Cloud Computing

Deploy a New Domain from a Microsoft Azure Template


In this post, I’ll show you how to deploy a virtual machine-based Active Directory domain in Azure using an Azure Resource Management (ARM) template.

The Problem

As you might tell from the frequency of my Azure content here on, I use Azure a lot. I use the Azure benefit from an MSDN Premium subscription. This gives me a monthly allocation of free credit, so my test work doesn’t impact my credit card. But this work comes at another price: Whenever I am finished with a test or demo, I have to destroy every part of that demo so that it doesn’t accrue any further charges to my account.

A lot of my demo labs require some kind of legacy Active Directory. For example, I recently wrote a series of articles on Azure RemoteApp. Every RemoteApp scenario that I’ve encountered in the real world requires a legacy Active Directory that is synchronized via Azure AD Connect. This gives me users, computers, group policy, and OUs that I can deploy to RemoteApp users in conjunction with other domain-joined virtual machine-based services.

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And that’s where I spend a lot of my time — deploying and configuring domain controllers. Imagine this scenario:

  • Day 1: Deploy a new domain to write article X, write the article, and destroy the entire resource group, including the domain to save Azure credit.
  • Day 4: Deploy a new domain to write article Y, write the article, and destroy the entire resource group, including the domain to save Azure credit.
  • Day 7: Deploy a new domain to write article Z, write the article, and destroy the entire resource group, including the domain to save Azure credit.

And you get the idea. It seems like I’m spending a lot of time deploying a new domain. That would be no different for a consultant who is deploying new Azure services for lots of clients or an engineer who is building test or evaluation environments.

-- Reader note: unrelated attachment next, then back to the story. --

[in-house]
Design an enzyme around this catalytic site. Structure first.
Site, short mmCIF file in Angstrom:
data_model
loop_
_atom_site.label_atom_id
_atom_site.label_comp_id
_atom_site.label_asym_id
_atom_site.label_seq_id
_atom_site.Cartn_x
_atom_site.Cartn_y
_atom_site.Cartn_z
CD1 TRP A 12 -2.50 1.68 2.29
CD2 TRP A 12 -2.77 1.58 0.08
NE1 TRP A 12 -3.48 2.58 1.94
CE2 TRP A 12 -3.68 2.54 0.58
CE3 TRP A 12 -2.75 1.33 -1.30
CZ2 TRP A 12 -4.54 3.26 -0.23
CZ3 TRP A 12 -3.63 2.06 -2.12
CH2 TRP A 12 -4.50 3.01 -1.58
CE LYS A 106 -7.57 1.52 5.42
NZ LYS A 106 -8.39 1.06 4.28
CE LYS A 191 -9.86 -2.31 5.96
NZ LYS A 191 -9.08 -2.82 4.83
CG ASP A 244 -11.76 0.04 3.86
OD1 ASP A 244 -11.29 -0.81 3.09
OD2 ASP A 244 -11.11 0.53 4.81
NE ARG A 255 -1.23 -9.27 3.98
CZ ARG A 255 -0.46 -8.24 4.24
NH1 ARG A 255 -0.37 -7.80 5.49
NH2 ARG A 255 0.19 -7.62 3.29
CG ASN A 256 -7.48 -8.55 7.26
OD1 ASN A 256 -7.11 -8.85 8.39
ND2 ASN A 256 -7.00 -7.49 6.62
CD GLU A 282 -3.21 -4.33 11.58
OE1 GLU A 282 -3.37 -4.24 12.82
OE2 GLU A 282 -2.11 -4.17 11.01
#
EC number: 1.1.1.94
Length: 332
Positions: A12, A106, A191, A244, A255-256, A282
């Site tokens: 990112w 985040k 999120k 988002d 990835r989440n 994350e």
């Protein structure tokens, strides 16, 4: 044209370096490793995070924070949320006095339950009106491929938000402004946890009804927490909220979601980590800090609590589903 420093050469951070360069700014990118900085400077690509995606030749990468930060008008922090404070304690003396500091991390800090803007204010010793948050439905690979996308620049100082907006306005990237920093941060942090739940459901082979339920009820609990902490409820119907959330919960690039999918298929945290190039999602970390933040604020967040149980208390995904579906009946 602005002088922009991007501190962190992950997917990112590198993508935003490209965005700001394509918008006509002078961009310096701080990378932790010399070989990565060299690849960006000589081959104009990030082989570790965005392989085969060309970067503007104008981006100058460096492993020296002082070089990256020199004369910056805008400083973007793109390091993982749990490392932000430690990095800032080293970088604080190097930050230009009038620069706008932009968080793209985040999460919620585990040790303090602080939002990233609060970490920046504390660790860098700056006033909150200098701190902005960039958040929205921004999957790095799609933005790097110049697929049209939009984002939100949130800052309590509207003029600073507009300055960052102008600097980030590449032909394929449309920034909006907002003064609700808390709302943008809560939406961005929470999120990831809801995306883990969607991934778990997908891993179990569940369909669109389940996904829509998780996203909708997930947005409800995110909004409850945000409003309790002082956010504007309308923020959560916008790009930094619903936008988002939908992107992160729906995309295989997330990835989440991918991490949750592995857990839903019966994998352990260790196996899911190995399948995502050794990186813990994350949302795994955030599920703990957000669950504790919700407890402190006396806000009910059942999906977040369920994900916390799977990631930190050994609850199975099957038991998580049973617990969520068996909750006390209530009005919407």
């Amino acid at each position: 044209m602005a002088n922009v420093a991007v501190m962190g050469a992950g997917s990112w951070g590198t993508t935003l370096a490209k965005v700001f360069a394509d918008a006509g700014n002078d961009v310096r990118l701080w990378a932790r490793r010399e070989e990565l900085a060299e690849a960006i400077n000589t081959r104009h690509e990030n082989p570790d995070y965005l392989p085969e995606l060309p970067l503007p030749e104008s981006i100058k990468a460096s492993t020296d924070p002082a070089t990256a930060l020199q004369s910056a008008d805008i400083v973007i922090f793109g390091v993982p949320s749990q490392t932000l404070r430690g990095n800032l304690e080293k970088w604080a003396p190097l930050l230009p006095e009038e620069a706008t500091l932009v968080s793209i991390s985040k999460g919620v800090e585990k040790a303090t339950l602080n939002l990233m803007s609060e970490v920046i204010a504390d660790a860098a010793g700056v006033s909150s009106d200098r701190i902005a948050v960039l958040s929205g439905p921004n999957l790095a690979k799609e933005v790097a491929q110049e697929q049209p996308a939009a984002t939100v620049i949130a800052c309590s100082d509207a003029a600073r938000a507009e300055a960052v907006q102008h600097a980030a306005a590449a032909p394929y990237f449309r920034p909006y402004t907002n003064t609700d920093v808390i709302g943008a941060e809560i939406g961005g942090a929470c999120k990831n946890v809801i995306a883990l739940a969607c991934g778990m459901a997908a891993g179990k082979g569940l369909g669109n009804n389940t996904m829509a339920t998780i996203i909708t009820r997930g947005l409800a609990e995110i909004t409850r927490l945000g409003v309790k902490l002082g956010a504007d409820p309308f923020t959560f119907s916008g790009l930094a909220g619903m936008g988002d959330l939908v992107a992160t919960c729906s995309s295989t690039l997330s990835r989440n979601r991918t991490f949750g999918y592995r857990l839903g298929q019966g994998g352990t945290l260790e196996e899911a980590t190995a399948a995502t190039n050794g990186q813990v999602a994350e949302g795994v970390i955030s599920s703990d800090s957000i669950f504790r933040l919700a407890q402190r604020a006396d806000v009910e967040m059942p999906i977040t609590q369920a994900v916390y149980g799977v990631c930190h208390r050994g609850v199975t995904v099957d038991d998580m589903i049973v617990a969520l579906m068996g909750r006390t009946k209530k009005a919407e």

I’m working more and more with Azure Resource Management (ARM), and most of you will too over the next year, so I wondered… Has someone created and shared a template for deploying domain controllers? The answer is: Yes.

The Template

ARM is based on the concept of reusable JSON templates; you build a template of a solution and upload that template to Azure to deploy a stamp. This cookie-cutter approach means that:

  • You test and develop a template once.
  • You can repeatedly deploy that template many times.
  • The time you invest in creating the template is saved many times over.

I am not able to write JSON templates, but that doesn’t stop me from using them. There is a community who have shared templates on GitHub, which you can also search via a Microsoft catalogue.

The template that I want to show you is called “Create an new AD Domain with 2 Domain Controllers.” If you deploy this template, it will create a resource group with:

  • 2 domain controller virtual machines in an availability set.
  • The necessary NICs, virtual network and load balancer.
  • Any required storage.
  • Run-scripts to create a domain with the name of your own choosing.

With this template, you get a predictable result, and it does all this while you can be doing some other work. This is a major time saver.